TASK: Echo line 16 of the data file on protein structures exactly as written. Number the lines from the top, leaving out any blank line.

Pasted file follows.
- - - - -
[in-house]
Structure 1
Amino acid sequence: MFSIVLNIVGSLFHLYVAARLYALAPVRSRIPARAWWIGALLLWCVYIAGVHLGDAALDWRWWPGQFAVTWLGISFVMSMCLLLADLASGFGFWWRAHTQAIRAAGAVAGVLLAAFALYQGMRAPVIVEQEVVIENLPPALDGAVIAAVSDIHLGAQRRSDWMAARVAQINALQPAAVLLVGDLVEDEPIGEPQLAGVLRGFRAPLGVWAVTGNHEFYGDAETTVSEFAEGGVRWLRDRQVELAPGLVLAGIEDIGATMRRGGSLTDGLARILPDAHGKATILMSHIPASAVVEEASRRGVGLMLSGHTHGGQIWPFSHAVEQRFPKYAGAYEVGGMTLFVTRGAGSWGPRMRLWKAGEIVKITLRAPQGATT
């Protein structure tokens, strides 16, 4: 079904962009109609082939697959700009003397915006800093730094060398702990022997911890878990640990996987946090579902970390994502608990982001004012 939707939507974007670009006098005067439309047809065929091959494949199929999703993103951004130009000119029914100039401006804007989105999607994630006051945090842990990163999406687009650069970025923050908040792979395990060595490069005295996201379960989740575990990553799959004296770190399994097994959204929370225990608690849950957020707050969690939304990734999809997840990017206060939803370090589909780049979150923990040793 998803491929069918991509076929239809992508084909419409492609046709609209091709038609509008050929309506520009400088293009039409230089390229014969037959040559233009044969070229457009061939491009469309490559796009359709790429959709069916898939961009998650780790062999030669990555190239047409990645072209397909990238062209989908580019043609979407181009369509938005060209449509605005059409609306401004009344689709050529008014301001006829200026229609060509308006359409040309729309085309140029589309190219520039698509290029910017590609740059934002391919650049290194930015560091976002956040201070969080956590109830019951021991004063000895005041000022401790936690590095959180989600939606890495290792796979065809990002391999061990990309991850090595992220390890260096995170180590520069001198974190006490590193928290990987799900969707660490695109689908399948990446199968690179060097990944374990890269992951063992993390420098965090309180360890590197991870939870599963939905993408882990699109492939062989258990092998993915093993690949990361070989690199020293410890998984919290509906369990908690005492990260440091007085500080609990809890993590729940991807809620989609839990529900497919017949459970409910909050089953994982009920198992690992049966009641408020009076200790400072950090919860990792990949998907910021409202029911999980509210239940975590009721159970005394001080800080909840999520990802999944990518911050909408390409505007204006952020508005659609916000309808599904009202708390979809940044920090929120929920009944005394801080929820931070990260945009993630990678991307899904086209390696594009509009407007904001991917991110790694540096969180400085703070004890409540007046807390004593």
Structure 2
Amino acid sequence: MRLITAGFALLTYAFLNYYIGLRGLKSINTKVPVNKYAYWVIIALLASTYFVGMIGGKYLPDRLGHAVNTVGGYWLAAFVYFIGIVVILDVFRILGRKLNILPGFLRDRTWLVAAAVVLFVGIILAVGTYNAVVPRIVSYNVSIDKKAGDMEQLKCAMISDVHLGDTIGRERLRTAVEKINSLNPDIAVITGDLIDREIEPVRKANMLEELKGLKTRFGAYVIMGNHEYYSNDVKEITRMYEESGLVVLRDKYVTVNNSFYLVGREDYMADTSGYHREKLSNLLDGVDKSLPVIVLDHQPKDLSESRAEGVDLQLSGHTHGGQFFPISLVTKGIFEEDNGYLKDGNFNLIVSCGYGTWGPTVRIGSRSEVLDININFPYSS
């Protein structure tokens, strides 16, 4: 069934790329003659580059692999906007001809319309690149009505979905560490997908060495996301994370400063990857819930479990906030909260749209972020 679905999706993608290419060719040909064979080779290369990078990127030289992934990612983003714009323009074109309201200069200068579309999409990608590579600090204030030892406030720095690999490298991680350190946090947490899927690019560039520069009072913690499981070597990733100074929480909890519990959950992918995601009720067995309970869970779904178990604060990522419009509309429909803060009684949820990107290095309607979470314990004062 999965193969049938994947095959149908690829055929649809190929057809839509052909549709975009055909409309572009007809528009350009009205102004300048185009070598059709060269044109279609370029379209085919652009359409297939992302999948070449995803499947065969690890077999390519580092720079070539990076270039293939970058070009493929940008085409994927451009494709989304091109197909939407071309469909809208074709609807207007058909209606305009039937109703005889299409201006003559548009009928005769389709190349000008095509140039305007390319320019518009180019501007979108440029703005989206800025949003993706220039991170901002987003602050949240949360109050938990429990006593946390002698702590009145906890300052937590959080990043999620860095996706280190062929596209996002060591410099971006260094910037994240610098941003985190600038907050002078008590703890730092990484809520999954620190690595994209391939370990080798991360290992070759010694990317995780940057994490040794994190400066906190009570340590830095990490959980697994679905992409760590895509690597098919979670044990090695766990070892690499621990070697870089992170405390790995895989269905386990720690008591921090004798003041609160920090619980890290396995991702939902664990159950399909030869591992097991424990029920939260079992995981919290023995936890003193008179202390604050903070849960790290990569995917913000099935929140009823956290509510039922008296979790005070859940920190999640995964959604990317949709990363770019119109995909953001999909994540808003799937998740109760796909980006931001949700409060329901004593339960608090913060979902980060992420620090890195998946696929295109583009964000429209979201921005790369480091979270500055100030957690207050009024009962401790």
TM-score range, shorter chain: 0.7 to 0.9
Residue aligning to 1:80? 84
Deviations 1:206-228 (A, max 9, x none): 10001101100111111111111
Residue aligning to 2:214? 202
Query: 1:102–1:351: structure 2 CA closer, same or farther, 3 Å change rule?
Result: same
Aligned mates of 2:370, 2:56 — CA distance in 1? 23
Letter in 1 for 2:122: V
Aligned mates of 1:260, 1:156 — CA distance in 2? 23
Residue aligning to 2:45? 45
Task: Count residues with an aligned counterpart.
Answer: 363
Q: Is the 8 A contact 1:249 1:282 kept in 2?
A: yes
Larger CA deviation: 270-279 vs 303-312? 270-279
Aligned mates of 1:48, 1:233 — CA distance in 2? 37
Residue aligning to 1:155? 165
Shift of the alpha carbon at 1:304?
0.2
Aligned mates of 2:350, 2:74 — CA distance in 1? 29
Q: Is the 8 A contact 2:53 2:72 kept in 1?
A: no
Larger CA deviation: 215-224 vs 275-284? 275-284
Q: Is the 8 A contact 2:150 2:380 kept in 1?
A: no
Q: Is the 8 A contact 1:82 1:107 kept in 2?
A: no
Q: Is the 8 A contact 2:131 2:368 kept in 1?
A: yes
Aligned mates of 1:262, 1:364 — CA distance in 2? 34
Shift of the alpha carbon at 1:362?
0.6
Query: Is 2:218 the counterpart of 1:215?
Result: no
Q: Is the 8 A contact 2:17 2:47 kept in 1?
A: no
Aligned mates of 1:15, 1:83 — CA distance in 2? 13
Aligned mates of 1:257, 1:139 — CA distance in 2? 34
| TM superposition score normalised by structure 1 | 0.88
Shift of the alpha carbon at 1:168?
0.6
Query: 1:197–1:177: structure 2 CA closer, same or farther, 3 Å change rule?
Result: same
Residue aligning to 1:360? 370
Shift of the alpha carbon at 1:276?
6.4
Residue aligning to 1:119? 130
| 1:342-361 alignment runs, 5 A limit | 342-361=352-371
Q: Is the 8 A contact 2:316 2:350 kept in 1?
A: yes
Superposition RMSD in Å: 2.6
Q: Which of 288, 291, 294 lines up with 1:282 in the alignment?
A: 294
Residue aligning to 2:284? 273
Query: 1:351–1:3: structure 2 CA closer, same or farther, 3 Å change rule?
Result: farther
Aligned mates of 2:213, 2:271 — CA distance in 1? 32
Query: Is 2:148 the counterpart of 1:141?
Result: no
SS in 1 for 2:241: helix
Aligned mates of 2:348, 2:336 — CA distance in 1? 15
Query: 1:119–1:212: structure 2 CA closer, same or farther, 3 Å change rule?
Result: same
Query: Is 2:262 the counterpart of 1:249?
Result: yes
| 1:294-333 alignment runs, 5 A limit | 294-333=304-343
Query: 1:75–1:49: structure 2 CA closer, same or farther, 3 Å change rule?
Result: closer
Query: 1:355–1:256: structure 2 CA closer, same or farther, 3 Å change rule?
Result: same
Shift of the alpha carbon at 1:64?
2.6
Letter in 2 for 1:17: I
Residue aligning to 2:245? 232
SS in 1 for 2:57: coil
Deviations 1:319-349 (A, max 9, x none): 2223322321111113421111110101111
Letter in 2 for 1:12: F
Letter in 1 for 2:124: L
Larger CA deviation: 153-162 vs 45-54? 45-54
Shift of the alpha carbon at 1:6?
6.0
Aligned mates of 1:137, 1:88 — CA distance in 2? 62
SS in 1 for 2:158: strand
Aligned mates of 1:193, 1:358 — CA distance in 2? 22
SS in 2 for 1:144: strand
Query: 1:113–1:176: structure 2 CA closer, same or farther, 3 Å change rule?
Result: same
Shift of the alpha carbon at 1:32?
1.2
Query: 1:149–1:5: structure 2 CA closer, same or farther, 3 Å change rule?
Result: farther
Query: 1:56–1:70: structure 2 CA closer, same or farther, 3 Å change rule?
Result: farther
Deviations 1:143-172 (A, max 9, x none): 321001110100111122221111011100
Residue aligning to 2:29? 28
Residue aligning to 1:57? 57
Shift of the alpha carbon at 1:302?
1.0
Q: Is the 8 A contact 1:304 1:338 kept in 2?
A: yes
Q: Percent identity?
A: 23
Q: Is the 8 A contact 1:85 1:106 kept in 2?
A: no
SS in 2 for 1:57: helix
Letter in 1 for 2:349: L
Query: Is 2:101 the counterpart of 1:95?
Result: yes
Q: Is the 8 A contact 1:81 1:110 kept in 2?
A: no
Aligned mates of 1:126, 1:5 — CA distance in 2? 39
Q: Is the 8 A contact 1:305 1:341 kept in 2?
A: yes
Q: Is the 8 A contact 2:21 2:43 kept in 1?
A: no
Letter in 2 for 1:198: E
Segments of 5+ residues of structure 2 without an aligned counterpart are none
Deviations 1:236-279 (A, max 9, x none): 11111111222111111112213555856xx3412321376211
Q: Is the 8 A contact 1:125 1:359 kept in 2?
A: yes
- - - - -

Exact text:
Aligned mates of 1:260, 1:156 — CA distance in 2? 23